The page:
I could continue to criticize the film easily. However, something about it ended up being quite fun. It isn’t a good movie by any reasonable metric – yet I enjoyed my time with it. That begs the question of how we define a “good” movie, though, doesn’t it? Joe Bob’s commentary throughout the night articulates that idea to a degree. The film is not technically good, but it exists. It is the effort of someone genuinely having fun and making something, and we are partaking in that joy. It may not be in the way intended by Prior, but here we are, over 30 years after Prior’s friends made it, watching it as a community and pulling something from it. It’s not unlike The Room or that Monkey Christ incident where we see the earnestness of the intent and do find a kind of enjoyment in bearing witness to it, though the quality itself may be lacking or laughable.

Perhaps the highlight of the host segments was discussing the VHS form and aesthetic, particularly why there is something so comforting about them. Essentially, Joe Bob reasons that there is something about the “dot pattern that lulls you into a comfort zone” of familiarity. When we watch such VHS horror, we find ourselves reading them as home movies in a way, and can project people we know into the film. This is definitely part of that larger communal reading.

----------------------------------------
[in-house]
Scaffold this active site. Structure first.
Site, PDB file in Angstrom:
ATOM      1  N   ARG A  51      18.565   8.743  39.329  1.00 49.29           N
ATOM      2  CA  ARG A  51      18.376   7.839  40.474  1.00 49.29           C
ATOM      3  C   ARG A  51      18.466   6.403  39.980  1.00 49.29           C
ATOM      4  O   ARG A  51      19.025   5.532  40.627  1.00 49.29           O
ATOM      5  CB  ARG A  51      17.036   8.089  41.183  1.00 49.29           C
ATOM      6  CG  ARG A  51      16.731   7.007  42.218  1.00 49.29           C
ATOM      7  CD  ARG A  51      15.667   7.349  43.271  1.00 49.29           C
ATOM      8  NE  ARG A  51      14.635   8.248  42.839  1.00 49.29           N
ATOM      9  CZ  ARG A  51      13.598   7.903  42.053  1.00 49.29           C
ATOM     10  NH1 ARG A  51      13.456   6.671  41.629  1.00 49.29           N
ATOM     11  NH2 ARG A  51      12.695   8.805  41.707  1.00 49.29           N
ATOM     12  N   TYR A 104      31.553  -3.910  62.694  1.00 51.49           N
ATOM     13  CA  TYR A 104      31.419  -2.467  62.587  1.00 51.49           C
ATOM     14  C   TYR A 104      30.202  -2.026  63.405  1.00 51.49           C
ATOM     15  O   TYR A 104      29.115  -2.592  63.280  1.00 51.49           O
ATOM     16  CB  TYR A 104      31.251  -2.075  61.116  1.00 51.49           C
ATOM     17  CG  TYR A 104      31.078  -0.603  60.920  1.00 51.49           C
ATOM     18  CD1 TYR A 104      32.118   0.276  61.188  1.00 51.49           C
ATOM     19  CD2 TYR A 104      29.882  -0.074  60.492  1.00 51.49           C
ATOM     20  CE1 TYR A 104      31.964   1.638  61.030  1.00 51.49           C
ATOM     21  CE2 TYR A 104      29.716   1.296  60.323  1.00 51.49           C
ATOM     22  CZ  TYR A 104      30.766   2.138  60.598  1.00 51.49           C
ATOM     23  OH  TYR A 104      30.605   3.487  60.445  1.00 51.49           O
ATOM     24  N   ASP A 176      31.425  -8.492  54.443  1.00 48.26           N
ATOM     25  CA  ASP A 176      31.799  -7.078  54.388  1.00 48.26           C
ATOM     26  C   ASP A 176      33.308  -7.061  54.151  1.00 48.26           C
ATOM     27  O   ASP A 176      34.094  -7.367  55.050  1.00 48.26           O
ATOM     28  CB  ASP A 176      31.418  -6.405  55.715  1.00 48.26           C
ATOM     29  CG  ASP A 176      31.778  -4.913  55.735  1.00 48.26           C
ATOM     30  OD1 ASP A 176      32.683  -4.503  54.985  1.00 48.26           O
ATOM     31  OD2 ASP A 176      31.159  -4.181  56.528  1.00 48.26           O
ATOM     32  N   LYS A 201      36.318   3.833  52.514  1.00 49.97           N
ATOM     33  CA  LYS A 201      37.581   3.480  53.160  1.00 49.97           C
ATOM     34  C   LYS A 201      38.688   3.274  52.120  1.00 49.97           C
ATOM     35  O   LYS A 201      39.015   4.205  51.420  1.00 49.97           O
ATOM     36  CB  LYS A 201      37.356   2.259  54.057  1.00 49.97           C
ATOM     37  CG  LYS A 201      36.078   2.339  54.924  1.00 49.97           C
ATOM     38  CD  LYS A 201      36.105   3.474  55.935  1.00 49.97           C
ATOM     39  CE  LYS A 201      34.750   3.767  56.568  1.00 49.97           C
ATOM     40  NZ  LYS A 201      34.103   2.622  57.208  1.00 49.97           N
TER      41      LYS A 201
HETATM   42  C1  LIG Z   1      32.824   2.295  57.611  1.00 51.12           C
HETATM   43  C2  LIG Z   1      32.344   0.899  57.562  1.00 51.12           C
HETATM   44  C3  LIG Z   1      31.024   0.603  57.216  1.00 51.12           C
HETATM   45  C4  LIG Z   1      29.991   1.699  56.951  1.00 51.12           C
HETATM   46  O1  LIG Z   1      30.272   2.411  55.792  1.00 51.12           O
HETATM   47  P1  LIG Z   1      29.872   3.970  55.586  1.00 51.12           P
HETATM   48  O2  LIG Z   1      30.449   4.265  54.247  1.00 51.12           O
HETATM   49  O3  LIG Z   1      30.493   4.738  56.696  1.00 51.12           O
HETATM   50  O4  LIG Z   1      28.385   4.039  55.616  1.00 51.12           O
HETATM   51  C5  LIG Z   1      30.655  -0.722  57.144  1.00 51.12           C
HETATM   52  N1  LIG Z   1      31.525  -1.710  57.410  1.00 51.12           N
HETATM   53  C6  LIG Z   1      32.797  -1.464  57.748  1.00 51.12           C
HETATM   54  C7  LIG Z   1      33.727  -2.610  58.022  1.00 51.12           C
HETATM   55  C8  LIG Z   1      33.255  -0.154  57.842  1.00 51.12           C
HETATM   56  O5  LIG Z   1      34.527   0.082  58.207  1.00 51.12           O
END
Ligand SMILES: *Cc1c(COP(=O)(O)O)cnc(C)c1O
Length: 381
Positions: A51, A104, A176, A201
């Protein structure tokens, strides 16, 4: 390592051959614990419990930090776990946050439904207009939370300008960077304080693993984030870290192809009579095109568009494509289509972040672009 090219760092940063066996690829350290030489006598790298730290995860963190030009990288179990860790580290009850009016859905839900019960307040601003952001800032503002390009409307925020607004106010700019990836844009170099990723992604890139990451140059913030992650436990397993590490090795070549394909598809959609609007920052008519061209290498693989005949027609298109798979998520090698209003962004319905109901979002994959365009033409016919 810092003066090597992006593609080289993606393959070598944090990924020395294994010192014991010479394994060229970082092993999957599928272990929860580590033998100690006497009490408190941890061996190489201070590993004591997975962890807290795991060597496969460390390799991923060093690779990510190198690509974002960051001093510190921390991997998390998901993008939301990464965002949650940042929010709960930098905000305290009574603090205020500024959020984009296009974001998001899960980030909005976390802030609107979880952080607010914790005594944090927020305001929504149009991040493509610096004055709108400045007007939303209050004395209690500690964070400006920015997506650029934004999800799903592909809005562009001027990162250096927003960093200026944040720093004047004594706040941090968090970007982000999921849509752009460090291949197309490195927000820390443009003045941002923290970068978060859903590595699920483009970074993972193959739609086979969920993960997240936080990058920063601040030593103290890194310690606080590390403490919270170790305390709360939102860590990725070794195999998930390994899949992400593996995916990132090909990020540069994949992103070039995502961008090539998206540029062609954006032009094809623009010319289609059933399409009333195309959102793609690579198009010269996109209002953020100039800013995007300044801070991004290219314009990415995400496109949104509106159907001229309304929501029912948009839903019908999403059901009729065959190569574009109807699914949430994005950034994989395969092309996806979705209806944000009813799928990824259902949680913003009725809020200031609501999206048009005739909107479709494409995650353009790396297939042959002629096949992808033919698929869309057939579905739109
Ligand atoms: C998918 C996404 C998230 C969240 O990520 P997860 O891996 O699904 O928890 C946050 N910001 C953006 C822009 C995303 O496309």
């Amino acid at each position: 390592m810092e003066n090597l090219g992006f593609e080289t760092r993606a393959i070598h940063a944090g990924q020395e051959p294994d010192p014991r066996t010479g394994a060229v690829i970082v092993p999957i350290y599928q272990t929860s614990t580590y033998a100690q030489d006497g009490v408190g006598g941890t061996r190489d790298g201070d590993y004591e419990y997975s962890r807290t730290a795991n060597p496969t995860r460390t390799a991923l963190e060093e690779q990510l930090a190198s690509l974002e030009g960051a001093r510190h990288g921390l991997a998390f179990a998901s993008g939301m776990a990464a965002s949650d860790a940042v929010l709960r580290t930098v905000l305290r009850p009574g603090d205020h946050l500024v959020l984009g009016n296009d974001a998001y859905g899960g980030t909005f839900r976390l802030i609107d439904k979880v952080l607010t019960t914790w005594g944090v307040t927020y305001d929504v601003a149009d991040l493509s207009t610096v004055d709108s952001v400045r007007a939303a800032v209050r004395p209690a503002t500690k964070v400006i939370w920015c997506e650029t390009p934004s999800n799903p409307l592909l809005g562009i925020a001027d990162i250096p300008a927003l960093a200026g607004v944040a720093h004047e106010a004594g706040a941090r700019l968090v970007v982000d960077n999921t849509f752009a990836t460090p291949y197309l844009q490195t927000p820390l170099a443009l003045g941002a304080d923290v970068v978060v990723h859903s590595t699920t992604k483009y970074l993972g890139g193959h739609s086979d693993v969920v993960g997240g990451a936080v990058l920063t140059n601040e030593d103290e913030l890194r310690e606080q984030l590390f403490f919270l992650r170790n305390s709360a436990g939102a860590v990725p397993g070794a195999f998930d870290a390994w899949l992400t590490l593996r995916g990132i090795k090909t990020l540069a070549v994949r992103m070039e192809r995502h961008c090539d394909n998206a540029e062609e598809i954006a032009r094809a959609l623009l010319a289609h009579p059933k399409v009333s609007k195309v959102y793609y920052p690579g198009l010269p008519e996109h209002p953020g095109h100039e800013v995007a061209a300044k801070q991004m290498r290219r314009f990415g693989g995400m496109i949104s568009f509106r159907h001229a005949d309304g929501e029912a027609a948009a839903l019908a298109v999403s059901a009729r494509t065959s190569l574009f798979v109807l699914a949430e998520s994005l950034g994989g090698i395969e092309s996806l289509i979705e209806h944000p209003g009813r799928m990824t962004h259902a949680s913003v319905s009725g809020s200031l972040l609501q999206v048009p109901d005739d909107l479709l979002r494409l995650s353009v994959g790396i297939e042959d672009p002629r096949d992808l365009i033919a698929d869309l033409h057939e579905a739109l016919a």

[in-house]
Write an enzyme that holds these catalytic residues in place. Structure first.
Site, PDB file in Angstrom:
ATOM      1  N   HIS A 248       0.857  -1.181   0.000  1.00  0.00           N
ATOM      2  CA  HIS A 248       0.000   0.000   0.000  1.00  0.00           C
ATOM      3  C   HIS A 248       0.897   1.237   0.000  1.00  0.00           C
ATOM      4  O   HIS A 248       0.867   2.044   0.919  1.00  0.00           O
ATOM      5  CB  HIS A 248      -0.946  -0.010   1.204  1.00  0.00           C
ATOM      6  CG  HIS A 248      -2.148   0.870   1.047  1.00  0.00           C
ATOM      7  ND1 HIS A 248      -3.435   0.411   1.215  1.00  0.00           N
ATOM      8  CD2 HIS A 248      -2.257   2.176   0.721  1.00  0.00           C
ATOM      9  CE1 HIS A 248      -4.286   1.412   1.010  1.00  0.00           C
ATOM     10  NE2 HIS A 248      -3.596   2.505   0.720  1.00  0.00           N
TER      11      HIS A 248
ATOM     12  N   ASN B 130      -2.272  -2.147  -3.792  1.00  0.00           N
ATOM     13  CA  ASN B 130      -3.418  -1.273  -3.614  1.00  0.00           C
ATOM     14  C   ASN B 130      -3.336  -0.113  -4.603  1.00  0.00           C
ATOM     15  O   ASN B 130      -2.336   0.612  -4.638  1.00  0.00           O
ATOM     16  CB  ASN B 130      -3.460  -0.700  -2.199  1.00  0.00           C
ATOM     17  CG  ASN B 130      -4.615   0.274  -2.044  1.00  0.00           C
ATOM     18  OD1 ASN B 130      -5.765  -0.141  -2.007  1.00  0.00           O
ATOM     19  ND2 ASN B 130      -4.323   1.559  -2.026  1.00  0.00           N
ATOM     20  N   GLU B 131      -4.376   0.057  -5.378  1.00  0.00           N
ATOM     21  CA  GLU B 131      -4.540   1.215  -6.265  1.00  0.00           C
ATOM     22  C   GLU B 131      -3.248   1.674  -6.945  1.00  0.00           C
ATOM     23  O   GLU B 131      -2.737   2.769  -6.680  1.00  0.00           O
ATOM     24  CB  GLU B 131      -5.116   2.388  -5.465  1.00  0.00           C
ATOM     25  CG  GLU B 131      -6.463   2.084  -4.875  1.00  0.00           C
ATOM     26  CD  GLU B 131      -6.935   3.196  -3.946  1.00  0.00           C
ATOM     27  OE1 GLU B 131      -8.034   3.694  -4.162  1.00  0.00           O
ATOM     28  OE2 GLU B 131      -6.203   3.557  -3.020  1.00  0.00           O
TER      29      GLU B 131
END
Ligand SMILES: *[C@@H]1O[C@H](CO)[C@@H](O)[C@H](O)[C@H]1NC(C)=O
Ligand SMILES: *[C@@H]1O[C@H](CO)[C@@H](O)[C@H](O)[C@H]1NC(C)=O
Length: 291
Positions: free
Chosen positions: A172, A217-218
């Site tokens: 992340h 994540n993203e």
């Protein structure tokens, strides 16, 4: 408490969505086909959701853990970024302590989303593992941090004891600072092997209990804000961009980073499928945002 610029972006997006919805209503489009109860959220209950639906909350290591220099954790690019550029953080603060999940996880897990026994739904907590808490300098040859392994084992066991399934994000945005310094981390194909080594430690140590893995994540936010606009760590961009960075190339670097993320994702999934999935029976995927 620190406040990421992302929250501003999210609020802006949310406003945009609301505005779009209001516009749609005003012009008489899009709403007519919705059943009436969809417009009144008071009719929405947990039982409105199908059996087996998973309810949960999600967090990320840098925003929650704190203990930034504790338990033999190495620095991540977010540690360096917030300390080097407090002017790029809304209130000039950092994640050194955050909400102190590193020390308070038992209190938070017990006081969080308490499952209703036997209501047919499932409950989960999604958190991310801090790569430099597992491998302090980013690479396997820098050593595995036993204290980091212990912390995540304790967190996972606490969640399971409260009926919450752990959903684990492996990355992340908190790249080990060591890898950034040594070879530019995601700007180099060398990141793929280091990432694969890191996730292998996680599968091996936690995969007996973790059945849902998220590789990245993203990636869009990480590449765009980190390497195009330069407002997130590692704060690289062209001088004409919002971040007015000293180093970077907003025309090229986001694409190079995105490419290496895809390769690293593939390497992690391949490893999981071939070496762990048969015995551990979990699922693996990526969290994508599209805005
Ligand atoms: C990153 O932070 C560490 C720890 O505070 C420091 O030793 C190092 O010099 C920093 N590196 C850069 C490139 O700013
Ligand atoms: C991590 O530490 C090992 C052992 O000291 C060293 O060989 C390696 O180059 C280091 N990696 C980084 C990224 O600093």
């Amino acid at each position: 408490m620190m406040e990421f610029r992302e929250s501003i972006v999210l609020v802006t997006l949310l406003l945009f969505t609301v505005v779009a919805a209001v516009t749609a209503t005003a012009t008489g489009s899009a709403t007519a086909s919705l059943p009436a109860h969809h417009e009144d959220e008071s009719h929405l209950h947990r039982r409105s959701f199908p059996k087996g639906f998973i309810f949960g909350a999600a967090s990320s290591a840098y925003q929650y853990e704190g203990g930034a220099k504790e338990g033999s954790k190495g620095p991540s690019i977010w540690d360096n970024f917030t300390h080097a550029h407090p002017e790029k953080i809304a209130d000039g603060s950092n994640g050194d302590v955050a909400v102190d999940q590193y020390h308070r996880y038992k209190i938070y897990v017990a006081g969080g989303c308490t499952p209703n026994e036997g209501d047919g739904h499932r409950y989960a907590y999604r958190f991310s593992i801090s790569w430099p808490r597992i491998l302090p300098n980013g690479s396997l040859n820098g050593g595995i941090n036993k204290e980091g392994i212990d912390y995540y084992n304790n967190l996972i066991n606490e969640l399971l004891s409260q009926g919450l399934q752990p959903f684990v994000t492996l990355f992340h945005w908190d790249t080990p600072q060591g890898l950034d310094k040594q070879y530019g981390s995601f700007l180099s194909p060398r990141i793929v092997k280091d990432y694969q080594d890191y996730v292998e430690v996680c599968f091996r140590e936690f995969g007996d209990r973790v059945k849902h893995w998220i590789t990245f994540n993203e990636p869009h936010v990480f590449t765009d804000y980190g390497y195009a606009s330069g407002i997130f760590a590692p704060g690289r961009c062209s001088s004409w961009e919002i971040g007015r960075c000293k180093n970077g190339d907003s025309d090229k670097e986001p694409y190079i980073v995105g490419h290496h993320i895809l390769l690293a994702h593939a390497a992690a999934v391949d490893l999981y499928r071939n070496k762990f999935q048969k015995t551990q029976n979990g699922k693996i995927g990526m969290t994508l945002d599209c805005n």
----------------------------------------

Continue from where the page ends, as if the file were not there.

Among some of the other fun bits during the host segments, we learn a fun assemblage of the history of the film – in one of the more impressive feats, Prior shot it in a two-bedroom house. Yet, it ends up feeling much larger in the final film, mostly due to a baffling number of door opening sequences, I suspect. There was also a fun history of aerobic-themed horror films, which frankly sounds like a nice double-feature for season four. Of course, there was also some of that classic poking of fun at academia and horror, which I have grown immune to – it is always a fun time when Joe Bob mentions semiotics.

It is hard to rate a movie like Sledgehammer where the end product is bad, but you enjoy it. Joe Bob gave it two-and-a-half stars, even noting he was being “generous.” His rating, I feel, reflects that dichotomy of recognizing the movie is bad but still finding enjoyment from it. I guess if I had to force a food metaphor if most of the movies on The Last Drive-In are junk food, Sledgehammer is like that gas station taquito you can’t help eating once a month. So while I can only give this movie a one out of five Cthulhus when it comes to the quality of the film, it is certainly worth experiencing at least once.

1.5 out of 5 stars (1.5 / 5)

Best Line: “BLARGHARBLE.” – Chuck’s “Bill Murray” Impression

Still from the movie Sledgehammer depicting a house
This exterior shot takes about about 10% of the film’s total run-time.

Things (1989)

Opening: We’re about to go on a trip.

Muddy and dimly lit. Tinny and grating dubbing. Incoherent and minimal story. This is the infamous “classic” Things. But, believe it or not, The Last Drive-In can dig deeper and find an even worse movie for the back half of the night. This Canadian independent horror film, already a sign of danger, was shot direct-to-video – specifically on Super 8. Directed by Andrew Jordan, who co-wrote it with Barry J. Gillis, the movie stars Barry J. Gillis, porn star Amber Lynn, Bruce Roach, and Doug Bunston.

The film follows two friends who visit a friend’s cabin, only to uncover a horrific experiment… I think? The plot of Things is tough to discern for many reasons. Perhaps the best description of the intended plot I could find is on IMDB: